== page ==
By Vineet Patawari, Finance Mentor, StockEdge & Elearnmarkets
Why have we limited our learning to the “Seven Wonders of the World”? Why not teach children about the eighth wonder of the world, i.e., the value of compounding money? This Teacher’s Day, let us promise to learn and teach finance as an essential subject in our schools.
Financial literacy among the young is often an underrated concept. Parents wanting their wards to be able to handle money matters during their adult years must inculcate in them the need to save and invest for their future growth. This is only possible when we teach our children about money and how it affects almost every aspect of our daily lives.
Financial education is a must. It is a continuous process that starts with encouraging children to keep money in piggy banks, informing them of secure investments like the Public Provident Fund (PPF), recurring deposits, and then the various investment opportunities including equities and debt instruments that compound money into a corpus necessary to fund your various life plans including retirement. The irony is that despite financial education being at the core of every key life decision, our learning institutions took too long to recognise this fact. The absence of essential subjects like financial planning in our school curriculum highlights the huge gap in our learning process.
India ranks low in financial literacy
As per a survey carried out by the National Centre for Financial Education in 2019, India ranks the lowest among all the BRICS nations in financial literacy. National Centre for Financial Education also conducted a similar survey only to find out that only 27 per cent of the country’s population is financially literate. The assumption that people will learn how to handle their finances on their own has caused many people to lose out on their savings in the long run. This also explains why most of us struggle with money-making and investment decisions and have to grapple with inadequate savings post-retirement.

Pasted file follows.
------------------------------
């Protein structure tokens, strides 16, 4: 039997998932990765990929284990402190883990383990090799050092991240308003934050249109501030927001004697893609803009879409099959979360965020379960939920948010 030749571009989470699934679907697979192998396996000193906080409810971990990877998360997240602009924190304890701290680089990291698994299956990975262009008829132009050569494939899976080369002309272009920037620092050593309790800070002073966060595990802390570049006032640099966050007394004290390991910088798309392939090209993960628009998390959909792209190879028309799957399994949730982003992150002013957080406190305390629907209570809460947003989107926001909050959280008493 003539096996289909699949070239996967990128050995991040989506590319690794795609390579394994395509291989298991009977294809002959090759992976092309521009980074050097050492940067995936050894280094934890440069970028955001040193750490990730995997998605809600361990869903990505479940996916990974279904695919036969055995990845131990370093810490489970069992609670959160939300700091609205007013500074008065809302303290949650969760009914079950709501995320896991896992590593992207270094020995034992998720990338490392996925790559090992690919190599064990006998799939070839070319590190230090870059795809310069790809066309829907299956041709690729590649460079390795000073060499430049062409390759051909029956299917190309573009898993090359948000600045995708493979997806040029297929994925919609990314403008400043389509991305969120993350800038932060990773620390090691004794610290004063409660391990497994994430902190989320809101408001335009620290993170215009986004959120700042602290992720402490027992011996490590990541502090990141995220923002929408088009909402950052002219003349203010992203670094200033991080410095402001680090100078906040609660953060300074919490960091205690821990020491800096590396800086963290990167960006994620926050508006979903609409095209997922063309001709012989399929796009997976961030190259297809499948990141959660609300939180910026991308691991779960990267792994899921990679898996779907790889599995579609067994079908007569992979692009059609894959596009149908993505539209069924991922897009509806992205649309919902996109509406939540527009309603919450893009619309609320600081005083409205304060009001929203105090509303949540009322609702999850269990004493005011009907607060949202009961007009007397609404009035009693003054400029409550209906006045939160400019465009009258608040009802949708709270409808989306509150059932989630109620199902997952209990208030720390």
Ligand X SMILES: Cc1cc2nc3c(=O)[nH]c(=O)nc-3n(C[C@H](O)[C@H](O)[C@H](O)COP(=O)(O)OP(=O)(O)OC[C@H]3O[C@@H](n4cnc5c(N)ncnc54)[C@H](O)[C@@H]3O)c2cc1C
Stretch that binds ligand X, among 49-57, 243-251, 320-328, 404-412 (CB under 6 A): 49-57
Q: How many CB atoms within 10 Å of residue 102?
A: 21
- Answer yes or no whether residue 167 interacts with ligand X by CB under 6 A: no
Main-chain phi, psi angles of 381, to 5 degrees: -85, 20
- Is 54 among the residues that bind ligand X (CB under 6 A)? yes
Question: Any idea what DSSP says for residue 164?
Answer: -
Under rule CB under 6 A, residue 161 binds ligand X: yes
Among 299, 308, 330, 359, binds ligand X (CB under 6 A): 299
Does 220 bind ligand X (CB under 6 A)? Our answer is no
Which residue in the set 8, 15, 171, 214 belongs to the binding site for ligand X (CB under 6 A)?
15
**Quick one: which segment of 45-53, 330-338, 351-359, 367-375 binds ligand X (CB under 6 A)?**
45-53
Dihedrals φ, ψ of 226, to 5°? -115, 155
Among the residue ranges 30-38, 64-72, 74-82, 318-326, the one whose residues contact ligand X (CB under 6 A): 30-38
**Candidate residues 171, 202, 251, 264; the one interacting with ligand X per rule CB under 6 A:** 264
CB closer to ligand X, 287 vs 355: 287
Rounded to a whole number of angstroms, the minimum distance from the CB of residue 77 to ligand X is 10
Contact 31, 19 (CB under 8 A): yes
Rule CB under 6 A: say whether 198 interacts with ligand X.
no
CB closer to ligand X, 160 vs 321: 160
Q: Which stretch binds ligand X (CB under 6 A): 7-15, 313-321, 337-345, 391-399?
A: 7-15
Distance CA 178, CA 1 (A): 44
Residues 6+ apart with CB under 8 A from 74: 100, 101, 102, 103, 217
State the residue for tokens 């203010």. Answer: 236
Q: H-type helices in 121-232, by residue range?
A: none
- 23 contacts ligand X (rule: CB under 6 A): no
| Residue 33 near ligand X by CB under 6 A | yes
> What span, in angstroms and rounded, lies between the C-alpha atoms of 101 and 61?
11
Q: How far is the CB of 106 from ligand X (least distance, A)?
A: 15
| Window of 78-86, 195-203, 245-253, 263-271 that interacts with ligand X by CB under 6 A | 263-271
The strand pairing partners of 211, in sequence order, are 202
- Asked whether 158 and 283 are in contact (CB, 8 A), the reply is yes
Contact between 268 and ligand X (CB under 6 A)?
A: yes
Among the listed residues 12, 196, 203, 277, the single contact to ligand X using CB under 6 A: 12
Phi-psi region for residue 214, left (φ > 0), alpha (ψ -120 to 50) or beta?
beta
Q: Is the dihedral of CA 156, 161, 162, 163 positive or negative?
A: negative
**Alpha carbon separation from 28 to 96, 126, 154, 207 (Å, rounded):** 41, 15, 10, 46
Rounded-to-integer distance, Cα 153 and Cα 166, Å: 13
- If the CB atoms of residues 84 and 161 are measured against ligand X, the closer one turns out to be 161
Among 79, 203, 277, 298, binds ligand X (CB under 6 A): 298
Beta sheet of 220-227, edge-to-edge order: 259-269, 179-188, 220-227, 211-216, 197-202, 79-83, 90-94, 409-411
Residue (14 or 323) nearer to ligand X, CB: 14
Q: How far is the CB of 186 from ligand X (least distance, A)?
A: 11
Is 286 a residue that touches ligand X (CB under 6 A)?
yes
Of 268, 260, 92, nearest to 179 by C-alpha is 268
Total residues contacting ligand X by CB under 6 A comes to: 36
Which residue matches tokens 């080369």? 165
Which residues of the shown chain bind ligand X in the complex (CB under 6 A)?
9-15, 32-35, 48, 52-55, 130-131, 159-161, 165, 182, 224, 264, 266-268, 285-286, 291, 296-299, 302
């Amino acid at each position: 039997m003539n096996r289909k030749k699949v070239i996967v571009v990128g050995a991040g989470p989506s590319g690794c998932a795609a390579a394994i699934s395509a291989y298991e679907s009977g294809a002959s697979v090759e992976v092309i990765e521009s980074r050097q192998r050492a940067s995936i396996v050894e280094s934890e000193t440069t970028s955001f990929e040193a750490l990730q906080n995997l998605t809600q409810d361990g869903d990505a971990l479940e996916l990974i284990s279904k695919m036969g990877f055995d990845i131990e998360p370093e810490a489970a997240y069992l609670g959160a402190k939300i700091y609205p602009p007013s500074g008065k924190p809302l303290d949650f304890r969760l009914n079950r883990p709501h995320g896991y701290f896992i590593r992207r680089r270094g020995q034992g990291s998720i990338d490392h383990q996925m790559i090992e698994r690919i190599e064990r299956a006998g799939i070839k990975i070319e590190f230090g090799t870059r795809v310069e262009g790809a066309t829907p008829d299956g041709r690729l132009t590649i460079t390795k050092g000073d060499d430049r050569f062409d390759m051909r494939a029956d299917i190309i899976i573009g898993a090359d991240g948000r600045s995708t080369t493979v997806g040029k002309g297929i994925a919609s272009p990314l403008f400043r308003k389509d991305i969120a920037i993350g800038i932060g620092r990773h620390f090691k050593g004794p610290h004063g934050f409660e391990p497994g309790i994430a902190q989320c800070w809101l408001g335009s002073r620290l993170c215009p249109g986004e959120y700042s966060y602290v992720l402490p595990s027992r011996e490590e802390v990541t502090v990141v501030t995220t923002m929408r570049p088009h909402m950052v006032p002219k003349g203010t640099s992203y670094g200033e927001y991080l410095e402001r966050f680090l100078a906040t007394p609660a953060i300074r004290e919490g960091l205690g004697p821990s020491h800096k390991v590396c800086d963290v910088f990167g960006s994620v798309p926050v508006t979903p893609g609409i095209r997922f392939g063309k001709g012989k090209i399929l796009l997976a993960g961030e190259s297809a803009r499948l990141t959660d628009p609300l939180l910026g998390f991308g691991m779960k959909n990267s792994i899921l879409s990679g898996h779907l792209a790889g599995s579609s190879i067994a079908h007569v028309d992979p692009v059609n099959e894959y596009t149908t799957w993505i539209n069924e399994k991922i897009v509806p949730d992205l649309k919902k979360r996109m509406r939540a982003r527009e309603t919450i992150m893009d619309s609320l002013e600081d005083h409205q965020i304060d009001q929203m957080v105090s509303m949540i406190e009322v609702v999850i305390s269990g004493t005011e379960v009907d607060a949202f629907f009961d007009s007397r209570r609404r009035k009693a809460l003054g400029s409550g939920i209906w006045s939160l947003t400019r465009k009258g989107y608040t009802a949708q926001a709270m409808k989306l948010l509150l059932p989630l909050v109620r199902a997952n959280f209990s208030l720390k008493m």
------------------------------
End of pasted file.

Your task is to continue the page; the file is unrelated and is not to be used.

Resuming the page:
Strategising financial education
India has nearly 20 per cent of the world’s population, yet it scores among the lowest in the financial literacy index. The Indian government recognised this anomaly in our education system and sought to correct it by promoting financial education in schools. The Reserve Bank of India (RBI) suggested a five-pronged approach to promoting financial learning in schools in 2020. This approach is built on five essential tenets of learning including Content, Capacity, Community, Communication and Collaboration.
The “National Strategy for Financial Education 2020-2025” put forward the idea of developing content for school children, creating relevant finance study material for adults, and encouraging community participation and collaboration through multi-stakeholder participation. The government’s idea to strengthen the financial inclusion concept in the country has also received support and recognition from other financial sector regulators including SEBI, IRDAI and the PFRDA.
Aiming for a career in finance
Many people misconstrue Chartered Accountants, Company Secretaries and Cost Accountants as experts in financial management. This has led to the common myth that a career in finance is about pursuing these courses. However, recent advancements in the financial sector have led many people to plan their careers in finance. These include equity research analysis, portfolio management, actuarial consultants, insurance and investors, personal finance advisors, professional traders and more.
Learning finance is all about understanding how money works. It is about crunching numbers, charts, patterns and theories into easily readable information that can be comprehended for everyone’s benefit. The study of finance is about grasping the principles of money management and learning how to acquire and multiply it. More than knowing how to deploy and manage finance, students aiming to make a career in finance focus on other financial aspects too. These include credit, investments, banking, liabilities and assets.
Financial awareness as a life skill
Learning finance is equivalent to adopting a core life skill. In today’s complex world, identifying education with mere schooling is not enough. To participate in modern society, we must strive for more. Our children will have to take charge of their financial future someday. So, why not start teaching them about the unlimited possibilities in finance? Why not tell our children how thinking about finance will gradually translate into thinking about life? Why not help them achieve financial literacy through financial awareness programs while they are still in school?
The lack of financial literacy has cost many generations their hard-earned money. Why not curb the plague of financial ignorance by adding financial literacy subjects to the core school curriculum?